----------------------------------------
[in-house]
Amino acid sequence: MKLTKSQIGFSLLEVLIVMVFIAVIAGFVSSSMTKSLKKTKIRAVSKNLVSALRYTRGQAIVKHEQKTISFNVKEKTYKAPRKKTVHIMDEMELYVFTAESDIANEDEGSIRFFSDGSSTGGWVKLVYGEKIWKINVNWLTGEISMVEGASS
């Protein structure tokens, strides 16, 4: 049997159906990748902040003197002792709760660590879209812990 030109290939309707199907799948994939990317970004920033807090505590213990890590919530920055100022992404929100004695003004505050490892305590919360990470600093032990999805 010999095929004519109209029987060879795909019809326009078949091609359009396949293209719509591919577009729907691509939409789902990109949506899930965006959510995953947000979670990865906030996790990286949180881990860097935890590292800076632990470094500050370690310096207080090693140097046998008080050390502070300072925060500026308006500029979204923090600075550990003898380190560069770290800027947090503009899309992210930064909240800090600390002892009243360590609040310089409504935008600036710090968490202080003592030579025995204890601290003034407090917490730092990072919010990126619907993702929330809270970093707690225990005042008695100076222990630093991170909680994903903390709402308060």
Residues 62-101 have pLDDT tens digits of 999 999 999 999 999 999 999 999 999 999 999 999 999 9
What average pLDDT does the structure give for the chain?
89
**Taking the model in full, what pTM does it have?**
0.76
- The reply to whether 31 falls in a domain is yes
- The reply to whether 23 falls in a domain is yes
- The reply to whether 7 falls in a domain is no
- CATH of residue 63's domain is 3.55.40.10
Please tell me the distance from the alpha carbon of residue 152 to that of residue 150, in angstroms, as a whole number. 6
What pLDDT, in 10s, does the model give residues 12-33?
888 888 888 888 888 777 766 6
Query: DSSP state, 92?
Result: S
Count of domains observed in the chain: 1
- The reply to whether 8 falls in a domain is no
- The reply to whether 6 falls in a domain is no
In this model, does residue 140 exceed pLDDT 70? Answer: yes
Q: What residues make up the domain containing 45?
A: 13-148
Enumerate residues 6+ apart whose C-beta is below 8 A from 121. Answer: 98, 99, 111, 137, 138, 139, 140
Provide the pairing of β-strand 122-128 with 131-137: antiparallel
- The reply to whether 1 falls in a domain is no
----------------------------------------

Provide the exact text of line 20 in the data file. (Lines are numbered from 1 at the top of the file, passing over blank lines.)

- The reply to whether 6 falls in a domain is no